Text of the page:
Article of the Month – January 2021

Critical Review and Meta-Analysis of Postoperative Sedation after Adult Cardiac Surgery: Dexmedetomidine Versus Propofol

URL: https://www.jcvaonline.com/article/S1053-0770(20)31136-8/fulltext

 DOI: https://doi.org/10.1053/j.jvca.2020.10.022

 Published: J Cardiothorac Vasc Anesth. 2020 October 17, in press.

Authors: Hesham A. Abowali, Matteo Paganini, Garrett Enten, Ayman Elbadawiy, Enrico M. Camporesi.

Click here to read the article for free, thanks to an agreement among EACTA and Elsevier

Article Description:

  • Prolonged stays in post-anaesthesia care units or intensive care unit (ICU) might have consequences on the clinical outcomes and cost of healthcare services.
  • Using high doses of sedatives in the ICU settings after cardiac surgery can result in longer ICU stays. 
  • Propofol has been frequently used after cardiac surgery because of its ease of administration and short awakening time, however, its use is limited with the associated hypotension and depressant effect on respiration.
  • Dexmedetomidine, a highly selective alpha-2 adrenergic agonist, has been widely used nowadays because of its favourable sympatholytic, sedative, anxiolytic, and analgesic effects without causing respiratory depression despite hypotension and bradycardias are reported as associated adverse effects.  
  • The objective of this meta-analysis was to compare the effects of dexmedetomidine and propofol on the quality of sedation and outcomes after cardiac surgery.

Summary:

  • This meta-analysis analysed 1,184 adult patients undergoing valve or CABG surgery from 11 RCTs, published between 2003 and 2019, comparing the use of dexmedetomidine and propofol for sedation after any type of cardiac surgery.
  • The overall quality of the studies was moderate.
  • None of 10 over 11 RCTs fully met the “blinding of participants and personnel” bias criterion.
  • Interestingly, compared with propofol, patients receiving dexmedetomidine for sedation after cardiac surgery had shorter time to extubation (standardized mean difference [SMD] = -0.70, 95% confidence interval [CI] -0.98 to -0.42, p < 0.001) and ICU stay (SMD = 0.23, 95%CI -1.06 to -0.16, p = 0.008).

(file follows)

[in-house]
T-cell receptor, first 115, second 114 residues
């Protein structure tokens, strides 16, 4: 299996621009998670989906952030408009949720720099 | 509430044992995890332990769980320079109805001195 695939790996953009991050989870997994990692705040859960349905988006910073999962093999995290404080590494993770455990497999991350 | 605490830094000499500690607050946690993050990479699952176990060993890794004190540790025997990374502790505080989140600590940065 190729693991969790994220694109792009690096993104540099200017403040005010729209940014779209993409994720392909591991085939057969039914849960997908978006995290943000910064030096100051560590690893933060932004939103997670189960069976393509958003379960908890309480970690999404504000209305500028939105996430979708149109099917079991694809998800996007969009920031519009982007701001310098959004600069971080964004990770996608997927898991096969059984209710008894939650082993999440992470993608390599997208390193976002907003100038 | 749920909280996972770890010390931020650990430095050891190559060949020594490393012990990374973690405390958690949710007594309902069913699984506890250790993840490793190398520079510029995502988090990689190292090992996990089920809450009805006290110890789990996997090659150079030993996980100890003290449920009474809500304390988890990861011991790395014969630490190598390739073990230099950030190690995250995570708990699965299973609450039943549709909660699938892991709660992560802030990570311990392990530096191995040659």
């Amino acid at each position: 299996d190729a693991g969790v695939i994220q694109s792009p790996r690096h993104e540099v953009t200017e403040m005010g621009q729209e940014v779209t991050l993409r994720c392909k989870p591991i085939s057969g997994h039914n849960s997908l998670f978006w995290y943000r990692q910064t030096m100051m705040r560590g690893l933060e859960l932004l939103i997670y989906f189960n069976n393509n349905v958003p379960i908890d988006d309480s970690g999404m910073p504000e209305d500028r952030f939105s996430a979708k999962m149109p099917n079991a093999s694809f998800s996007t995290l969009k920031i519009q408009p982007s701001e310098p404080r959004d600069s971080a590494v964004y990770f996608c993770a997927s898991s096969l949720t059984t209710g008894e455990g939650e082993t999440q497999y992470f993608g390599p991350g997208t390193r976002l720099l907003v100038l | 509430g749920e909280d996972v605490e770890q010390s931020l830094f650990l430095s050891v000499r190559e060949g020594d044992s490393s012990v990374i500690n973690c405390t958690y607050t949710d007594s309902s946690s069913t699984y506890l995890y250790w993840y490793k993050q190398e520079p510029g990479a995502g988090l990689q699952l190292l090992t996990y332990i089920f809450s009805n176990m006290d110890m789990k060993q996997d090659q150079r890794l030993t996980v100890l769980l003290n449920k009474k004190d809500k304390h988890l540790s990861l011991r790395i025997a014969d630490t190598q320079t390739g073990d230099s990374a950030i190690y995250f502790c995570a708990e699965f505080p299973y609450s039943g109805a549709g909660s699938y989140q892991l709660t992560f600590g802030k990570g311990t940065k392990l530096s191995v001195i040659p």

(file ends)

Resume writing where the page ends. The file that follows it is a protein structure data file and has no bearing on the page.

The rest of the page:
• The dexmedetomidine and propofol groups had comparative duration of postoperative mechanical ventilation (SMD = -0.72, 95% CI -1.60 to 0.15, N.S.), hospital stay (SMD = -1.13, 95% CI -2.43 to 0.16, N.S0), and incidence of delirium (odds ratio [OR]: 0.68, 95% CI 0.43-1.06, N.S).
  • Patients received propofol sedation had higher rates of bradycardia (OR: 3.39, 95% CI: 1.20-9.55, p = 0.020) and hypotension (OR: 1.68, 95% CI 1.09-2.58, p = 0.017).
  • There are several limitations noted during this meta-analysis including:
  1. The sedation scoring systems used in the included studies (RASS and Ramsey scores) can be affected by incorrect evaluation by healthcare professionals.  
  2. There was high variability in dosage and duration of postoperative analgesic regimen and also not always stated, that might influence the clinical outcomes.
  3. The present meta-analysis did not include any paper addressing cardiac transplants in the adult patients in whom the sympatholytic effects of dexmedetomidine on a denervated transplanted heart needs to be studied.

Conclusion:

  • This meta-analysis did not find particular advantages in the use of dexmedetomidine over propofol for the sedation of patients after cardiac surgery.
  • Time-dependent parameters (time to extubation, durations of postoperative ventilation and ICU and hospital stay) are inaccurate and not reliable for a proper evaluation of the benefits of dexmedetomidine versus propofol.
  • Further studies are needed to find new, reliable outcomes, standardized sedation protocols in patients after cardiac surgery.
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